Summer Internship vs. Part-Time Job – Making the Most of Your Summer Break

The following post is written by Brian Willett from UNC-Chapel Hill, one of our many friends at Uloop, a student powered marketplace. Read more great posts in their blog.
Ask any student what the best part about school is, and you’ll most likely get the same answer – summer vacation. The carefree days of summer make all of the homework and pop quizzes bearable and give students something to look forward to during April showers.
Because summer is so precious to students, making the most of every moment of the two or three month respite is crucial. So when it comes to filling the time between fun and games, a fierce debate rages over which is better – a summer internship or a part-time job. Though many assume the only point of contention is filling one’s resume versus filling one’s wallet, there’s more to the question than that.
A Matter of Time
Both internships and jobs can be time-consuming, but both leave plenty of time to have fun. In most cases, unpaid internships tend to be the least time-consuming – the lack of monetary compensation results in fewer hours and responsibilities. Even paid internships don’t often demand more than 10 or 20 hours per week, because a lot of companies might rather hire a part-time associate once the hours begin to add up. Jobs offer more in terms of flexibility, though. Internship hours tend to fall during normal work hours (8 to 5, Monday through Friday), so you’re likely to always have weekends free. However, you may not have time to hit the beach during the day, because unlike at a part-time job, you can’t pick up any evening hours. Part-time jobs also can allow you to dictate your schedule, allowing or as many or few hours as you’d like, whereas internship hours are dictated by your employer or your school (if credit is being given).
Skills to Pay the Bills
One aspect of internships that tends to turn off students is that many are unpaid. This can lead to the sense that an internship is a waste of time that could be spent earning money. Some internships are paid, though, and the pay can be fairly high because of the mental challenges. In addition, internships often lead to future employment opportunities, which can pay off handsomely when the time comes to earn a real paycheck. In this sense, an internship is sort of like an investment in your future. Part-time jobs can sometimes lead to promotions, though, and can look good on a resume, though internships appear more attractive.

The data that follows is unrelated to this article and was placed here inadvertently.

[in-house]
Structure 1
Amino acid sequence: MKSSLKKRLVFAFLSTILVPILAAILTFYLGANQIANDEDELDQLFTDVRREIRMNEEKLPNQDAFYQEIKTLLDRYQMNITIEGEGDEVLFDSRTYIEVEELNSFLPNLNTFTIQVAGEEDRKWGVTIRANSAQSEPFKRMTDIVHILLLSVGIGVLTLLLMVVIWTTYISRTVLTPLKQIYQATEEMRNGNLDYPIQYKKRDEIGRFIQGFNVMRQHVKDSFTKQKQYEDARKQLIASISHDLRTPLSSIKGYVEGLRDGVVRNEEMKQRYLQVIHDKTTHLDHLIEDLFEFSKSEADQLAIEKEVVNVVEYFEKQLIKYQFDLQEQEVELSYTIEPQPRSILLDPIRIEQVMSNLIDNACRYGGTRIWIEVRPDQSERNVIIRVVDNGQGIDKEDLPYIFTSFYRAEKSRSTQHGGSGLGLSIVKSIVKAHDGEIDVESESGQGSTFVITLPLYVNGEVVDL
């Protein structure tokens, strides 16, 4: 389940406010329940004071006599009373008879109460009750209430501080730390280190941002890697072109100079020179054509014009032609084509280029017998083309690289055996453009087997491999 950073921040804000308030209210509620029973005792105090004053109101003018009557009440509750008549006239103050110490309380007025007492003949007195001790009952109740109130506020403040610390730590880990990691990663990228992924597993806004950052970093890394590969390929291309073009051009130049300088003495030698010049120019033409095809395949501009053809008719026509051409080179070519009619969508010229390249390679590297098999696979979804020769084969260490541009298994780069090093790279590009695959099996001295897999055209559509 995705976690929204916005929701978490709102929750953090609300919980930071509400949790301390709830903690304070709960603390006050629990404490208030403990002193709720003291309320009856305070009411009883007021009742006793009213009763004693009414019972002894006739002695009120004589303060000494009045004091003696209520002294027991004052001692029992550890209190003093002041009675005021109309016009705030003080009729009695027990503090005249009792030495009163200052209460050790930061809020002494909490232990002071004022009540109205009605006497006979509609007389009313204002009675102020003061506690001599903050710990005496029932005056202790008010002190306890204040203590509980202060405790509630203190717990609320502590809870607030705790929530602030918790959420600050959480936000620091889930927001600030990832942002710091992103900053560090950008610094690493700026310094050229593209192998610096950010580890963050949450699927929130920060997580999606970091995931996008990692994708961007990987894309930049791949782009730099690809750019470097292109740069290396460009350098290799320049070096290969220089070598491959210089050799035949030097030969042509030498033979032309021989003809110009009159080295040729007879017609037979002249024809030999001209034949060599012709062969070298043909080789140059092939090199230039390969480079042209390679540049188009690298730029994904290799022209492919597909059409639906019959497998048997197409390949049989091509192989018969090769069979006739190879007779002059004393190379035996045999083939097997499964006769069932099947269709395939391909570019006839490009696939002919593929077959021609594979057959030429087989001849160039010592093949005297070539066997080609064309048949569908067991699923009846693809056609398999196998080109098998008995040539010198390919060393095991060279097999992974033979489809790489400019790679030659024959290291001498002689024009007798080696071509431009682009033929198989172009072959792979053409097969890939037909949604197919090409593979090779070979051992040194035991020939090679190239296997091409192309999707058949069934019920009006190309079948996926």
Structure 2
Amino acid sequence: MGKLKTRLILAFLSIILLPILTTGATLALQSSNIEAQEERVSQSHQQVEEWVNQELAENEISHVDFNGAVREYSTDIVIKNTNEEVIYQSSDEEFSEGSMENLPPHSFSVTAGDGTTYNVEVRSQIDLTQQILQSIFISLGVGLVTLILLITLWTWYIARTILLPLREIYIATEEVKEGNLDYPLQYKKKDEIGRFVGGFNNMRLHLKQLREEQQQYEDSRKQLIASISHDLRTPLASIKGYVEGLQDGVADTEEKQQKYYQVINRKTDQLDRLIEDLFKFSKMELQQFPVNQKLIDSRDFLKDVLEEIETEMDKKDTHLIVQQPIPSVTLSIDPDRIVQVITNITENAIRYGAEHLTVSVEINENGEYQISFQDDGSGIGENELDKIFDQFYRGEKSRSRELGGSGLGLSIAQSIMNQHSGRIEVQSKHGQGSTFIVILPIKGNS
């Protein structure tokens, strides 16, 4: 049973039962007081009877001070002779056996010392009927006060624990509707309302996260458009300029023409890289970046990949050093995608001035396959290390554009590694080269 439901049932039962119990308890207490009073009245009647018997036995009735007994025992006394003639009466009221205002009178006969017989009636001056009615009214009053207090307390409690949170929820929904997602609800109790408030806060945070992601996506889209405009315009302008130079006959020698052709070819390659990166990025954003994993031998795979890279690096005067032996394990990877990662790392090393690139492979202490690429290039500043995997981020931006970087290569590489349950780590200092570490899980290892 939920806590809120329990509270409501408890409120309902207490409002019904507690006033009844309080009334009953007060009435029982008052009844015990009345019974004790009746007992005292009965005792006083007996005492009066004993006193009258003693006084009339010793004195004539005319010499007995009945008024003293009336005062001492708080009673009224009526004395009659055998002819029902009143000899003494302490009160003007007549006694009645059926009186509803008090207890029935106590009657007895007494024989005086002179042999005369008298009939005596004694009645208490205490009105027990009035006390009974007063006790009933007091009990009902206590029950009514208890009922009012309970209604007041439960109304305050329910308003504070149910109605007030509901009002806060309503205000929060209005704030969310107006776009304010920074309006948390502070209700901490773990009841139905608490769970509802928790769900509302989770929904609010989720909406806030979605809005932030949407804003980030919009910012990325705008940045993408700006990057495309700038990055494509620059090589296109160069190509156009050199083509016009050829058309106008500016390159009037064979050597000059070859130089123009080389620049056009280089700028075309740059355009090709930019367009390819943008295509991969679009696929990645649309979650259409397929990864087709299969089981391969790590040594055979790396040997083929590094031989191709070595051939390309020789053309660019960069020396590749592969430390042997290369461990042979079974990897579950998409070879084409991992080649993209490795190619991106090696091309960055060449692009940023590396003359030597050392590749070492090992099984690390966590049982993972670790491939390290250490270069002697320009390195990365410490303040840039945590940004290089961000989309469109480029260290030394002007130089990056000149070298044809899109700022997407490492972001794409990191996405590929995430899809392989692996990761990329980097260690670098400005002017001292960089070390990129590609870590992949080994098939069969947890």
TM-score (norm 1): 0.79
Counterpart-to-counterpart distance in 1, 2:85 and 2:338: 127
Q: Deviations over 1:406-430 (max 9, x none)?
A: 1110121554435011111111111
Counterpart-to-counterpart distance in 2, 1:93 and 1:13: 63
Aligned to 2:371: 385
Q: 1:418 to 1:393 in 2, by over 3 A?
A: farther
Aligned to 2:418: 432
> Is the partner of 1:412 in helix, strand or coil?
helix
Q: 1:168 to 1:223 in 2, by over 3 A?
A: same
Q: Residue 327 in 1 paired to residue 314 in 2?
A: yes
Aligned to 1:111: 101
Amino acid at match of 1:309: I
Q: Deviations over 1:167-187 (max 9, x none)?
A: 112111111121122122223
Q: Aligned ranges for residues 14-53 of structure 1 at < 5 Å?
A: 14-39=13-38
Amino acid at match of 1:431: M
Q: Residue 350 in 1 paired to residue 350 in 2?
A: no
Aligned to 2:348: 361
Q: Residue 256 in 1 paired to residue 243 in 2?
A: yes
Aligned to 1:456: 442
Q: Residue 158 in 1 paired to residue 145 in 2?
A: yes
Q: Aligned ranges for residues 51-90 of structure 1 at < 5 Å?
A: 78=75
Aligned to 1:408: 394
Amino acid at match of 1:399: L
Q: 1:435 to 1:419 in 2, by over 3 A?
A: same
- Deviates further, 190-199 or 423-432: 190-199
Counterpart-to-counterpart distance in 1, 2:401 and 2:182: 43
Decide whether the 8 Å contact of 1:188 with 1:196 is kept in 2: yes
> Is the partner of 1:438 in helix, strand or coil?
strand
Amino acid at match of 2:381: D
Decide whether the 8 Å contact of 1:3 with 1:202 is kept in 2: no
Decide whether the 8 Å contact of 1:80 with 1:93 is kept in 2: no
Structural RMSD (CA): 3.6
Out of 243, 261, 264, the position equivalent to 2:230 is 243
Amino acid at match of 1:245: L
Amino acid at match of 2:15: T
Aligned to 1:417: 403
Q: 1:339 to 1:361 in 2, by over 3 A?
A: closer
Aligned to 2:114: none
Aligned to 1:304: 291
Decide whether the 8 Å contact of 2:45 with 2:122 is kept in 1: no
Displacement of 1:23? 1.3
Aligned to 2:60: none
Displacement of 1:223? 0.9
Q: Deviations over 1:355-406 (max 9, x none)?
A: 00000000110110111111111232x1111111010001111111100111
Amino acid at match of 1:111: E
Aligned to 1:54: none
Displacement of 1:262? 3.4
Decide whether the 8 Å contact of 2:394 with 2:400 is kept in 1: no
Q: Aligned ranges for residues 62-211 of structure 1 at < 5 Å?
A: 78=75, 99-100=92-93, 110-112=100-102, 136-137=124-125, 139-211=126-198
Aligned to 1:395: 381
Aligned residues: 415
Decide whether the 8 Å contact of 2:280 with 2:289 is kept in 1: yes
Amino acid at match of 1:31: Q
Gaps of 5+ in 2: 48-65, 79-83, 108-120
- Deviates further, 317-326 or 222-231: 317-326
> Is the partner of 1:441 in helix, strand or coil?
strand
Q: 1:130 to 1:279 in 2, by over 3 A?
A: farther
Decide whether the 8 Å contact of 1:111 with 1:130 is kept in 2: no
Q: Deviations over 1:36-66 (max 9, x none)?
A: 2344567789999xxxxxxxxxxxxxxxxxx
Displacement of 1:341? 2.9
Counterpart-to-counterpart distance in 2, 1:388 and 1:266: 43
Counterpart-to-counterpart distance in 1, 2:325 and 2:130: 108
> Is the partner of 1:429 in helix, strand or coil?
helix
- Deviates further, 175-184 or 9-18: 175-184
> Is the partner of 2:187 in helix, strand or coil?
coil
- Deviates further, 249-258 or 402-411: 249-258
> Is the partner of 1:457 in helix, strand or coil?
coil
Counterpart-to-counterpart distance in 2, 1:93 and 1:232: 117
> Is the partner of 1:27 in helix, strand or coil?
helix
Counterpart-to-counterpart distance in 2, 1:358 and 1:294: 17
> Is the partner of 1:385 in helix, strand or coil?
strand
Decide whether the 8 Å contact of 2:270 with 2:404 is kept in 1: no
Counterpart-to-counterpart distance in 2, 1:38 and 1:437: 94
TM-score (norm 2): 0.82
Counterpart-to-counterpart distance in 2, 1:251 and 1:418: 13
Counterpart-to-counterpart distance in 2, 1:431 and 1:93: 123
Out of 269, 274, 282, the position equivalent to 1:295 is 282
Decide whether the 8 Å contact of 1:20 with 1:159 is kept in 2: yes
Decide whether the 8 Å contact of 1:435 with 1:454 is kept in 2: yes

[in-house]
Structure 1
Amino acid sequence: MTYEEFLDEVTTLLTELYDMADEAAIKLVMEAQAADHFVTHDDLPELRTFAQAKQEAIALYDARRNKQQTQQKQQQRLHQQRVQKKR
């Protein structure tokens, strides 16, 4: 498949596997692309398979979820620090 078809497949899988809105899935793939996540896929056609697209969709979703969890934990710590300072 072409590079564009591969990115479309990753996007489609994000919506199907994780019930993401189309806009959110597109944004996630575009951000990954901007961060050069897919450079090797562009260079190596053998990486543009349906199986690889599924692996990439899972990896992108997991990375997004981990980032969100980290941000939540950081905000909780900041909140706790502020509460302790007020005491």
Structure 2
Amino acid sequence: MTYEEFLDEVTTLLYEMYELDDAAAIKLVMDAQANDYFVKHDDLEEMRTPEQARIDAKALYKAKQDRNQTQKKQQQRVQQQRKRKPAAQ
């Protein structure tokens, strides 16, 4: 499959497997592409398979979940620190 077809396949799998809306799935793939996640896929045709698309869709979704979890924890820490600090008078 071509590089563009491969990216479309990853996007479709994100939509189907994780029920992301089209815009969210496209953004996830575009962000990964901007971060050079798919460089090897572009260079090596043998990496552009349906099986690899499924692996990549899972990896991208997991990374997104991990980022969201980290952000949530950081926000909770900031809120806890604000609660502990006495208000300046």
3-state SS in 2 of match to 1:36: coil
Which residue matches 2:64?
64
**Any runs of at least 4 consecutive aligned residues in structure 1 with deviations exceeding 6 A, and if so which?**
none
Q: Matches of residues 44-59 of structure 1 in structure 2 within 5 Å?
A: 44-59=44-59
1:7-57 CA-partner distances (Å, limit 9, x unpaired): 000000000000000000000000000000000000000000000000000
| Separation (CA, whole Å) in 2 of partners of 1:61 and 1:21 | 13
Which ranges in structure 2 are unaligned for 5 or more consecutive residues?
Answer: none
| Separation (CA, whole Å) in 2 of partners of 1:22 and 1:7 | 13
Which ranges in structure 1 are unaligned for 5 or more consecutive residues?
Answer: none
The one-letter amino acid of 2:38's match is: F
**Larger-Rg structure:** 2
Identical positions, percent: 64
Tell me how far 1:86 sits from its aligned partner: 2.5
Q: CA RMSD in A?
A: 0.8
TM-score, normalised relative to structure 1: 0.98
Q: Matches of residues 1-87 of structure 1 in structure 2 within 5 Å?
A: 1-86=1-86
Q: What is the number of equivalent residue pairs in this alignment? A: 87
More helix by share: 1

It’s All About the Experience
Internships are often touted as more beneficial than jobs because they offer a sense of “real world experience.” But summer jobs can provide valuable experiences as well – students can learn the value of hard work and gain a perspective on what kind of jobs they might be stuck doing without a college degree. Sadly, some interns may only experience a discouraging side of the working world, such as fetching coffee or making copies. And summer jobs often involve a lot of personal interaction, which can be beneficial. Communication, customer service and general people skills are things that can’t really be taught.
Obviously, there are many factors to consider when one is deciding on whether to pursue a summer job or an internship. In order to make the best decision, you must carefully weigh your priorities and figure out which is a better fit for you.

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